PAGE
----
We conclude that the term "injury," when used in an occupational disease context, was intended to include occupation-related harm which does not amount to a separate occupational disease. Initially, we note that Section 301(c)(2) does not preclude such a construction. Further, we note our obligation to liberally construe the Compensation Act, Millcraft, supra note 2; ISC, supra note 2, so that its humanitarian purpose of protecting workmen is realized. See Workmen's Compensation Appeal Board v. Overmyer Mold Co., Pa. , 374 A.2d 689 (1977).

However, even under liberal construction, not all harm can be construed to be an injury in the occupational disease sense. Rather, we conclude that, by specifically including occupational diseases as defined in Section 108, the Legislature exhibited an intention to include within the term "injury" only such harm as approximated the defined diseases. In this regard, we note what we discern to be two elements common to all defined diseases: first, a claimant is exposed to the disease by reason of his employment; second, the disease is occupational in nature.*fn3 Therefore, a claimant who does not suffer from an occupational disease, the occurrence of which can at least in part be attributed to the employer, may nevertheless demonstrate

[ 32 Pa. Commw. Page 410]

    that he sustained a disease-like injury during his employment by proving that he was exposed to harm by reason of his employment and that the harm was occupational in nature.

We hold that Smith has demonstrated that he was exposed to harm by reason of his employment or, stated differently, that the harm was a hazard of his employment and that he was exposed to it.*fn4 We have recently held that a materially identical requirement could be satisfied by a reasonable identification and description of the causative factors, by a demonstration that those factors were significantly present in the claimant's employment, and by a showing that the claimant was exposed to the significant presence. Fruehauf, supra note 1; see Millcraft, supra note 2. In the instant case, medical testimony established dust at Plasteel as the factor causing pulmonary harm. The particular dust to which Smith was exposed was generally described by him as arising from the micashifting process. In lieu of a statutory requirement of greater specificity,*fn5 we cannot say this description was unreasonable or insufficient. See Millcraft, supra note 2; Fruehauf, supra note 1. Other testimony indicated that the moderately thick dust engendered by the sifting process remained in the air of the enclosed building where Smith worked for 11 years. Thus, he was exposed to a presence significant in both time and amount. Because Smith has reasonably described the causative factors, shown that such factors were significantly present in his employment, and demonstrated that he was exposed to the significant presence, he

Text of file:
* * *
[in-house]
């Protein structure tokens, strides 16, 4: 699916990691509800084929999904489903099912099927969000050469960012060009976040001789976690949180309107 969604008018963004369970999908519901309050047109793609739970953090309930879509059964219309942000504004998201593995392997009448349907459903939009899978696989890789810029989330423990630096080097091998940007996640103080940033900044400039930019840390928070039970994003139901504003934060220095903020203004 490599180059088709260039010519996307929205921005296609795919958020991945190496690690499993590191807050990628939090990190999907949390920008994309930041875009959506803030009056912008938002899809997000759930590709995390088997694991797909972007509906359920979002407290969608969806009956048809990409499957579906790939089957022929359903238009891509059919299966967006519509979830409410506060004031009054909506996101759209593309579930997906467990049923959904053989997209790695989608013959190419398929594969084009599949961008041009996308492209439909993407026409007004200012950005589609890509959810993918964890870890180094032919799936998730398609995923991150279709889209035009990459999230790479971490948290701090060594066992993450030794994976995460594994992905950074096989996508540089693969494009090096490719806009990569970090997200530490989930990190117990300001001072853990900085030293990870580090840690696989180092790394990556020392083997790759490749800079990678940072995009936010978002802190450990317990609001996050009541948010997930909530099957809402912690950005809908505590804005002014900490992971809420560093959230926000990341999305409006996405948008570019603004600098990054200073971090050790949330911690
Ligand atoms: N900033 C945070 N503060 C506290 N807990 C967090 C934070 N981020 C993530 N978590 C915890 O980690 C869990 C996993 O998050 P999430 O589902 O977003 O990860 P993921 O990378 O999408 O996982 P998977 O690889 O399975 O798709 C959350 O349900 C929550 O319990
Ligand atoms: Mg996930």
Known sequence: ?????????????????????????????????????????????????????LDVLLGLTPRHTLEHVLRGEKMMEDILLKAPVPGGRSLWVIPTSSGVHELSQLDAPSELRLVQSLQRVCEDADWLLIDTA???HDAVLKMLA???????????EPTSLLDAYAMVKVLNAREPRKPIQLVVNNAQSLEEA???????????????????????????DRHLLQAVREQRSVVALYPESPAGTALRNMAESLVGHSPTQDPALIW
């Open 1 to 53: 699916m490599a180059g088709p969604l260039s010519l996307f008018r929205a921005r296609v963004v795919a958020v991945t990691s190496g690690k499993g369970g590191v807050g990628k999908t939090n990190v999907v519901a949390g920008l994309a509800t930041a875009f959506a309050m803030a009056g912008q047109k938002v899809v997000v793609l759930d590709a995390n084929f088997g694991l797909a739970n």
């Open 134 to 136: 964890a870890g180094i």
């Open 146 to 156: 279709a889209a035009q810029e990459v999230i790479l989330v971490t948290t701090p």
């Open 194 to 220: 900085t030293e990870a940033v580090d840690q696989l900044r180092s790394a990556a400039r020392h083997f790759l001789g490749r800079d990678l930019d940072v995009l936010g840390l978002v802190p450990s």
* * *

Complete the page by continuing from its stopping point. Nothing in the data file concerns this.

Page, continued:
[ 32 Pa. Commw. Page 411]

    has established the first element of disease-like injury.

We further hold that Smith has demonstrated that the harm he sustained was occupational in nature. We have recently held that where the occupational aspect of a disease is not already widely accepted, it may be established by proof that a disease is causally related to an industry or occupation and that the incidence of the disease is substantially greater in the industry or occupation than in the general population. Fruehauf, supra note 1; see Section 108(n) of the Compensation Act. Here, medical testimony established that Smith's aggravated diseases were causally related to his occupation and were substantially more prevalent in his occupation than in the general population. This medical evidence is competent, see Imperial Food Products v. Tomarelli, 28 Pa. Commonwealth Ct. 150, 367 A.2d 732 (1977), and is sufficient to establish that the disease-like harm which befell Smith was occupational in nature.

Smith has demonstrated that he suffered harm within the meaning of the term "injury." We therefore affirm the Board.

Order

And Now, this 17th day of November, 1977, the appeal of Plasteel Products Corporation is hereby dismissed, and the order of the Workmen's Compensation Appeal Board, dated October 14, 1976, is affirmed. Accordingly, it is ordered that judgment be entered in favor of Robert L. Smith and against Plasteel Products Corporation and American National Fire Insurance Company, in the amount of $106 per week, beginning February 16, 1975 and continuing until such time as disability changes in nature or extent or ceases and terminates, together with interest at the rate of 10 percent per annum on deferred payments of compensation

[ 32 Pa. Commw. Page 412]

    from the date due to the date paid, all within the terms and limits of The Pennsylvania Workmen's Compensation Act.

In addition, Plasteel Products Corporation and American National Fire Insurance Company are directed to pay the following reasonable cost: Dr. Karl V. Hohman, $125.

Disposition

Affirmed.